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Recordings

Domenico Cimarosa: Il Matrimonio Segreto
11 Feb 2006

CIMAROSA: Il Matrimonio Segreto

Premiered in 1792 (just months after the death of Mozart), Il Matrimonio Segreto won over Vienna from the start, and Domenico Cimarosa’s opera would remain his most popular work.

Domenico Cimarosa: Il Matrimonio Segreto

David Kuebler, Georgine Resick, Claudio Nicolai, Drottningholm Court Theatre Orchestra, Hilary Griffiths (cond.)

EuroArts 2054548 [DVD]

 

Mozart’s operas temporarily fell out of favor, but their greatness could not lie dormant forever. As they found new admirers, Cimarosa’s opera slid back into obscurity, and despite occasional revivals, it has never reclaimed the success it first enjoyed.

In 1986 a Cologne Opera production came to the Schwetzinger Festival, and the performance was broadcast for television. EuroArts now makes this available as a DVD. Those with a love of classical era operas, or just a boundless appetite for rarities, can experience what Vienna fell for in 1792.

A resemblance to Mozart and Da Ponte’s Nozze di Figaro may not be what enamored Vienna, but it is there. Whereas Figaro and Susanna are about to marry, Paolino (a clerk, not a servant) and Carolina (a merchant’s daughter) have already married in secret - thus, the title. Geronimo, Carolina’s father, has arranged for his eldest daughter, Elisetta, to marry a Count, so as to bring his family greater stature. But the Count falls for Carolina, while Geronimo’s widowed sister (Fidalma) has her sights set on Paolino. In the end, the young lovers must admit to their elopement (with a suggestion in this production that Carolina is pregnant). The Count graciously recognizes that he cannot destroy the true partnership of the young couple and agrees to marry the older daughter. Forgiveness is granted by all for the preceding hysterics and bad behavior, which comes in a joyful finale.

Perhaps it is needless to say that Cimarosa’s opera does not shine in comparison to Mozart’s masterpiece. The characters lack the complexity of those of Nozze, and though the music never fails to charm, it lacks the poignancy and edge Mozart could provide. Nevertheless, Il Matrimonio Segreto has its fine moments, including a wildly lascivious first act for Fidalma about the pleasures of a husband, and a touching aria for Carolina in the last act when she thinks Paolino has betrayed her. The first act, however, feels a little long for its dramatic material, while the second act fairly zips along.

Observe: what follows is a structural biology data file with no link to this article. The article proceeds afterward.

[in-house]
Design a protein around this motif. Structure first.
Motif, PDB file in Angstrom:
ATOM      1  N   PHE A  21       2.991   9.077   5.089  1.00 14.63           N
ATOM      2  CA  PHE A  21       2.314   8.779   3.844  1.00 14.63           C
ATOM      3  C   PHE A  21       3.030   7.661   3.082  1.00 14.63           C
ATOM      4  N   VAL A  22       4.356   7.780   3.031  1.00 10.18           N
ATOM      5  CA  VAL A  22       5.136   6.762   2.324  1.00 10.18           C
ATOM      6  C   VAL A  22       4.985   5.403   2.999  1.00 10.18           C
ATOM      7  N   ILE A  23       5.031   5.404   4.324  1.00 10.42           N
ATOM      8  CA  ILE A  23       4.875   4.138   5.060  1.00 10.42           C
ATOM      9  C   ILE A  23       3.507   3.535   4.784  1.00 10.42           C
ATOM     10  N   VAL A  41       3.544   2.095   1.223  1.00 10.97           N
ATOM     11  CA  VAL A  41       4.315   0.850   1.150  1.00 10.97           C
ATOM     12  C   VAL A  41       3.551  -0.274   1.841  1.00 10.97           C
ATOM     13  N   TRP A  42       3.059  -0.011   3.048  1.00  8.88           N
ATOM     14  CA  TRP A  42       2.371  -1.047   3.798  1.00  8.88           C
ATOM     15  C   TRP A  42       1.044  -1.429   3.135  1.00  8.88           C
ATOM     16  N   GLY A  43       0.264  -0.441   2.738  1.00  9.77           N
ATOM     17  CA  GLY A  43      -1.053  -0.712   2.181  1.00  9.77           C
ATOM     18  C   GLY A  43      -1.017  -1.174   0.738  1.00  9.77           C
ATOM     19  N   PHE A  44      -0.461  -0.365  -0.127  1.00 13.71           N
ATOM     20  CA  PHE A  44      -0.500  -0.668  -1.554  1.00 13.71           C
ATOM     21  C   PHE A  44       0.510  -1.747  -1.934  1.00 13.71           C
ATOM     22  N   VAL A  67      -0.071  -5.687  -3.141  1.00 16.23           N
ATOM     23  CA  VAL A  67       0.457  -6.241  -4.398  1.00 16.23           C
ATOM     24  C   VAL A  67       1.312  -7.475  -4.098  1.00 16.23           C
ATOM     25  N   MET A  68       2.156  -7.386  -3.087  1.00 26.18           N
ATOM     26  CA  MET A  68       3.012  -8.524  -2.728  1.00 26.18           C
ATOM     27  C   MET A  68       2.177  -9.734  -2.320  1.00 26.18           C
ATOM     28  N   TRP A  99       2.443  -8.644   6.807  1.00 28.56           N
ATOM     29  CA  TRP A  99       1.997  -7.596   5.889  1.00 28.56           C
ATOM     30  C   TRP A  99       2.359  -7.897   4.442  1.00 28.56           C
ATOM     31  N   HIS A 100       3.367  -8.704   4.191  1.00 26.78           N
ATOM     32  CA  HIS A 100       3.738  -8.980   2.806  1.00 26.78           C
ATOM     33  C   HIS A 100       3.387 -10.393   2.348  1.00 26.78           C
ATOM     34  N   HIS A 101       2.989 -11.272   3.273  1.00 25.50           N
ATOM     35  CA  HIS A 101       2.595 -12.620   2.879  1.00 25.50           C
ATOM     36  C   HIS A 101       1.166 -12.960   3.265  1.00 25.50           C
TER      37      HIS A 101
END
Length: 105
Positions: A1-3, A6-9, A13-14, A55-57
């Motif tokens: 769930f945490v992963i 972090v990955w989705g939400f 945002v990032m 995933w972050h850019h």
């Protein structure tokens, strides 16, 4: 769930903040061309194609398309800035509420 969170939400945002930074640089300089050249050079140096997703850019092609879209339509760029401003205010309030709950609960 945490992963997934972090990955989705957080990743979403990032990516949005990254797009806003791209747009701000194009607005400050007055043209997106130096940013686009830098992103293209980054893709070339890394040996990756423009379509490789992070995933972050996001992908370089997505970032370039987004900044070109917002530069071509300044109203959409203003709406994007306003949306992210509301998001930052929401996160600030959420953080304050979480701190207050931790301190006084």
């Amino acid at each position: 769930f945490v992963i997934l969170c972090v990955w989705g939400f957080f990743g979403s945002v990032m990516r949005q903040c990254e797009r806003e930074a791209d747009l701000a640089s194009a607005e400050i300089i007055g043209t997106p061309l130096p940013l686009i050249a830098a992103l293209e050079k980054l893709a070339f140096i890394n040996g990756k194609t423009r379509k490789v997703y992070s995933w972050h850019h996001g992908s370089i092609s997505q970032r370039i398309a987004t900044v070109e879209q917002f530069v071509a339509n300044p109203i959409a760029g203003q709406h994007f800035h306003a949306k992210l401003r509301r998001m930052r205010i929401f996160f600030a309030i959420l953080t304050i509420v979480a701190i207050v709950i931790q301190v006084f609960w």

This 1986 production doesn’t offer much eye appeal. The Rokokotheater looks as if it seats much fewer than 1,000 people, and the stage is correspondingly tiny. The uni-set design manages to serve the story well enough, as the setting never wanders from Geronimo’s house. Nonetheless, some visual variety would have been much appreciated. The costumes also tend to off-whites and beiges, creating a wearisome monochrome effect.

All the cast inhabits their roles with comic relish; not much of the singing, however, ingratiates the ear. David Kuebler brings skill and control but no beauty of tone, and while Claudio Nicolai gives a first-rate acting performance as the Count, his dry baritone saps some of the fun from his character (especially in the riotous aria where he tries to convince Elisetta that he is a scoundrel).

The ladies do somewhat better, especially Georgine Resick as Carolina; her sweet, light soprano makes us forgive her character’s tendency to weepy moping. Marta Szirmay tears into Fidalma’s matronly lewdness with abandon, and Barbara Daniels, as the spoiled older daughter, also goes over the top in a most entertaining fashion.

The Drottningholm Court Theatre orchestra puts on a lively performance under Hilary Griffiths, although certain exposed instrumental moments indicate that this is not one of the top opera house ensembles.

Cimarosa’s big hit may never reclaim its initial success, but this DVD does a decent job of presenting its modest attractions. Perhaps a more colorful production with more entrancing voices will find its way to DVD; but until then, this EuroArts set deserves a look and listen.

Chris Mullins
Los Angeles Unified School District, Secondary Literacy

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